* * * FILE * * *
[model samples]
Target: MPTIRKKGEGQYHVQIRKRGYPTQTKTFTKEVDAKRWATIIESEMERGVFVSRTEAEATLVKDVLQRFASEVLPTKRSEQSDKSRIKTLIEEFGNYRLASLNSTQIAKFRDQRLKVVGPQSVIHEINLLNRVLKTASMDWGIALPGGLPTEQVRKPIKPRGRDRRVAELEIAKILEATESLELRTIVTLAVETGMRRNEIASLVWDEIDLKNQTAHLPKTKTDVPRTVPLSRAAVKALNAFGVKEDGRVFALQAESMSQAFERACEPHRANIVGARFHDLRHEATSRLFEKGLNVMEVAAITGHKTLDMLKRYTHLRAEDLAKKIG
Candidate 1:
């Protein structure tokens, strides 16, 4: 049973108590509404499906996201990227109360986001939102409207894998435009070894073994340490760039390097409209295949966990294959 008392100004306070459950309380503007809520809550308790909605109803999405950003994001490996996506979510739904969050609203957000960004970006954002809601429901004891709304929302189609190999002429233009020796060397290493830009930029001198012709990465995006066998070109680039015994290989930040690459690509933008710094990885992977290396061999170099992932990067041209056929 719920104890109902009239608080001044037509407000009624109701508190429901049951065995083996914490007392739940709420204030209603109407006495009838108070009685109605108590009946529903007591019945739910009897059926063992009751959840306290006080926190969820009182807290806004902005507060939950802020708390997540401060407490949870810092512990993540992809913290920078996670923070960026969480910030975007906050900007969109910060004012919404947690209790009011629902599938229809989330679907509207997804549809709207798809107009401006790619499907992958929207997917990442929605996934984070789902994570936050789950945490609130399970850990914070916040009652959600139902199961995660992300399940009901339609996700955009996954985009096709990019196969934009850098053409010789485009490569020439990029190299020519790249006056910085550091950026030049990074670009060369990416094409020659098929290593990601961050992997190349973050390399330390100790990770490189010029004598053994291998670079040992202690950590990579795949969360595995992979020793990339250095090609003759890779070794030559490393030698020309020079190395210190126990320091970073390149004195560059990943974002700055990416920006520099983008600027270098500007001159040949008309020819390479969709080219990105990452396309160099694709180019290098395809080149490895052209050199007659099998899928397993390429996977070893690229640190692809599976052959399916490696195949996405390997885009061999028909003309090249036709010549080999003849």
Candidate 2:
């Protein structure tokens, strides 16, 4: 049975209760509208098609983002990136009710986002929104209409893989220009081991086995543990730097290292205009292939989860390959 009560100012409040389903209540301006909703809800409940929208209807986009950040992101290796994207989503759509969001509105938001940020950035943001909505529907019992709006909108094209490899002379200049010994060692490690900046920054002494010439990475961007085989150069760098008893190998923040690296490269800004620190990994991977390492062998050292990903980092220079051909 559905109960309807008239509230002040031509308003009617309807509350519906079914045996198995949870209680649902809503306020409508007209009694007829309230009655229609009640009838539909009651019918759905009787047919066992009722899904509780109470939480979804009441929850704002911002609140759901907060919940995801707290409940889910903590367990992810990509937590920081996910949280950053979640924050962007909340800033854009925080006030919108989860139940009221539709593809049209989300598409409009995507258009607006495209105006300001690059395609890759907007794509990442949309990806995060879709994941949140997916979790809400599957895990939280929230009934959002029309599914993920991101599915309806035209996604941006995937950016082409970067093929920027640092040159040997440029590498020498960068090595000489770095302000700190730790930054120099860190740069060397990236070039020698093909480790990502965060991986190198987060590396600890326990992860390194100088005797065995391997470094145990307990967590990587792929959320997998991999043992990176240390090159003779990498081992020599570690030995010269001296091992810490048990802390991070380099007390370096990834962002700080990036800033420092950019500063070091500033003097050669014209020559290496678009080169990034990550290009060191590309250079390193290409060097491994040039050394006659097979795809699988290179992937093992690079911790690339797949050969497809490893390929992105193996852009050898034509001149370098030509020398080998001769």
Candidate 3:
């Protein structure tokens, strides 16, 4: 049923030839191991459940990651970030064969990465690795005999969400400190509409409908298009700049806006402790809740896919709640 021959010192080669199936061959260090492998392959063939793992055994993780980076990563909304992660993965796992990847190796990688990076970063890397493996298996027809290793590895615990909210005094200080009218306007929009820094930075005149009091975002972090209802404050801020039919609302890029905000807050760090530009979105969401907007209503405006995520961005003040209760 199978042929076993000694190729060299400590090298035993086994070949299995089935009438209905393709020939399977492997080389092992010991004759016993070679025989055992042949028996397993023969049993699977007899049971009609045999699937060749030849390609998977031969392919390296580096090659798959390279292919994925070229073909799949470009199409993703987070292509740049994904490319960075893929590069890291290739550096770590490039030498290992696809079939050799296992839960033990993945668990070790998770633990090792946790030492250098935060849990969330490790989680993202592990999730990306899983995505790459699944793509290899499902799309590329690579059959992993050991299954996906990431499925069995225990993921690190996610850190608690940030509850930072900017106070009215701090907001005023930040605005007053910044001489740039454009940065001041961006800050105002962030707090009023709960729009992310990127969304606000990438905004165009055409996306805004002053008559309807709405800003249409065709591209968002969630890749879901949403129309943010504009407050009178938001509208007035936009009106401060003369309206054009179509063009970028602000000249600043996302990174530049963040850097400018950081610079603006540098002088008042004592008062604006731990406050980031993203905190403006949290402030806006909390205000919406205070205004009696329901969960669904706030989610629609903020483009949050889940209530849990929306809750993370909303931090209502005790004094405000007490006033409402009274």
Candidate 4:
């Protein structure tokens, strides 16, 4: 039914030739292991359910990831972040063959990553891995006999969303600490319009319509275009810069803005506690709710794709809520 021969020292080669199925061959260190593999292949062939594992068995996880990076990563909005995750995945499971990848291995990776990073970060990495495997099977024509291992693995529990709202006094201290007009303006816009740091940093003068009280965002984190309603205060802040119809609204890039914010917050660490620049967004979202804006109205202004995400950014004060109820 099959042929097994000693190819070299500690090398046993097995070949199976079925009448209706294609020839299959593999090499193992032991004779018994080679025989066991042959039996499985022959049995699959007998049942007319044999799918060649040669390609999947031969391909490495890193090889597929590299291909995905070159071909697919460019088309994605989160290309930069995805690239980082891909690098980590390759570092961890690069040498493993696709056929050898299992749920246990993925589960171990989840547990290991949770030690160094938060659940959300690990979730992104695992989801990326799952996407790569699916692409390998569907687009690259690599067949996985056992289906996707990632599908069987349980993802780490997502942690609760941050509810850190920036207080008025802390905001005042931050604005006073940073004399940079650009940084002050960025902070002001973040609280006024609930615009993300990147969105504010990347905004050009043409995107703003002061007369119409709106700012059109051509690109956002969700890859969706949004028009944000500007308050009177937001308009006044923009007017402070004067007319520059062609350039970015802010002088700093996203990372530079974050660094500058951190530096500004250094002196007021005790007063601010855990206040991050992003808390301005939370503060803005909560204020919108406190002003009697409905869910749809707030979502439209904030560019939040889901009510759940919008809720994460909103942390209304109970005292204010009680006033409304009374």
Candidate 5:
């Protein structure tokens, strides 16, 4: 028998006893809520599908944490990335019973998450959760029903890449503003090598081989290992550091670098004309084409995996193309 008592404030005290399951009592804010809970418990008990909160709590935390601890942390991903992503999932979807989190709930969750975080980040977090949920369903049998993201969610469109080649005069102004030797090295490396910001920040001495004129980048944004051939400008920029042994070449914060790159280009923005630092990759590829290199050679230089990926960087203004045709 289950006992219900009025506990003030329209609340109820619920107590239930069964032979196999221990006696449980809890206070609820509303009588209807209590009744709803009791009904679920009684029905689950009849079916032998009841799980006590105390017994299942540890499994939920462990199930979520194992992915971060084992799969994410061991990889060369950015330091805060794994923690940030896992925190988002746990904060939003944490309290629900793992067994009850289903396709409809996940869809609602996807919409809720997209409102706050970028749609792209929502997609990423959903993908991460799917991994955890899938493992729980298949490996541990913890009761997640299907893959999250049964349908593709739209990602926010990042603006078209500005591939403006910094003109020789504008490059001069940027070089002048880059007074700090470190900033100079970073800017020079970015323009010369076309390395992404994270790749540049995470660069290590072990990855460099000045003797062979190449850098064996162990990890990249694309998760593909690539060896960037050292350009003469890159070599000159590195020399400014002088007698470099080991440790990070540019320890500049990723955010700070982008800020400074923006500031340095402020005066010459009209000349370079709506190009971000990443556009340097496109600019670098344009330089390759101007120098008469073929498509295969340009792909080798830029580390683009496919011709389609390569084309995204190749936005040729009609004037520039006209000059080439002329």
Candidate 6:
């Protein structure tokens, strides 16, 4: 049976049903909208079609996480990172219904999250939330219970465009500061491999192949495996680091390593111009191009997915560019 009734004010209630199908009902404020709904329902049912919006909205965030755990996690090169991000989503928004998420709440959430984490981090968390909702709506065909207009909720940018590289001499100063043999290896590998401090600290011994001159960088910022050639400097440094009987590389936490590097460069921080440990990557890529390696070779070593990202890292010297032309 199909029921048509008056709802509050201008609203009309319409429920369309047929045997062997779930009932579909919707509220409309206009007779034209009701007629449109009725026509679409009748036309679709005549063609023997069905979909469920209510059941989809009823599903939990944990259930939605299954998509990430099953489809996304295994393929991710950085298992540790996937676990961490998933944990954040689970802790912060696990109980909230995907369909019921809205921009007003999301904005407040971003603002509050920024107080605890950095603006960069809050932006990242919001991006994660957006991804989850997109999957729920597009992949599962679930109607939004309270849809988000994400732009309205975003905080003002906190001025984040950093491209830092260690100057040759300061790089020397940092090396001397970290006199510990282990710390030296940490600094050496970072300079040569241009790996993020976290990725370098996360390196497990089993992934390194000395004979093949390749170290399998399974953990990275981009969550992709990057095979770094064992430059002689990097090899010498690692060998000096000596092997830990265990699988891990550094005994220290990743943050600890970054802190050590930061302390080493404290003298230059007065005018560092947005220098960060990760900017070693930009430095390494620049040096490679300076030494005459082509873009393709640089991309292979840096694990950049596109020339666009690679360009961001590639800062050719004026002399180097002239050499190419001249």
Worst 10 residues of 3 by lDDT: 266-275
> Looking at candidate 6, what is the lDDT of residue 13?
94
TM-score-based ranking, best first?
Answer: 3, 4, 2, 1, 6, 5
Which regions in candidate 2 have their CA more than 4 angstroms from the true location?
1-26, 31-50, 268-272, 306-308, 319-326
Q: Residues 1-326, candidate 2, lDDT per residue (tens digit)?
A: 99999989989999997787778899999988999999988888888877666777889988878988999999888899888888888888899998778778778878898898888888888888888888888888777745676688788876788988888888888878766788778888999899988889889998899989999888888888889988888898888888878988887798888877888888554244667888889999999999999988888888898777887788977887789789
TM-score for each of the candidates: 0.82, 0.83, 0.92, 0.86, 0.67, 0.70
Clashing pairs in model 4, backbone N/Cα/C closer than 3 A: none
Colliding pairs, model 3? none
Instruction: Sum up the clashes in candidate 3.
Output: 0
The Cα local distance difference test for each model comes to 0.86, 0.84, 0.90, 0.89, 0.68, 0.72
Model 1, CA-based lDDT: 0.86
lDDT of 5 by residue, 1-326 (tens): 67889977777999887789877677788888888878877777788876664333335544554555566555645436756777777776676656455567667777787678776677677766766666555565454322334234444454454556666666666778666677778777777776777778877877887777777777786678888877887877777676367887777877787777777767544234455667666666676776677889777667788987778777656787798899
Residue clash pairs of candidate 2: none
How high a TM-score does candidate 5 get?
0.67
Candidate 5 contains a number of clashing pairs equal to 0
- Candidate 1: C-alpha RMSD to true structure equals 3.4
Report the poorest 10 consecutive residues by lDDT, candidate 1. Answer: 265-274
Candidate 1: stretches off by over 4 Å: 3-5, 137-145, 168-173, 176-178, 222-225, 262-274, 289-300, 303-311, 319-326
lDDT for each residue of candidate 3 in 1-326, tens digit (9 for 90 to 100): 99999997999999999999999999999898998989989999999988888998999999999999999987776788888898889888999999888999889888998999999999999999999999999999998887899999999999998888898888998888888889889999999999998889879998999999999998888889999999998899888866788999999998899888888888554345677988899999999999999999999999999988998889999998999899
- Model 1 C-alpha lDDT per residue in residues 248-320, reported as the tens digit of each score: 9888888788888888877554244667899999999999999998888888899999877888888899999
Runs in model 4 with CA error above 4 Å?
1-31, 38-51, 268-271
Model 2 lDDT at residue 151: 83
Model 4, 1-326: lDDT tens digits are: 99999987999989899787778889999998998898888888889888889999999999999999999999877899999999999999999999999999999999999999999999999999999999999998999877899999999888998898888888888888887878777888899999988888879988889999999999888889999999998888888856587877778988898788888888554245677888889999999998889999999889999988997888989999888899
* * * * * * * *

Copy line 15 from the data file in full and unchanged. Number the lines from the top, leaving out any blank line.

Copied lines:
Worst 10 residues of 3 by lDDT: 266-275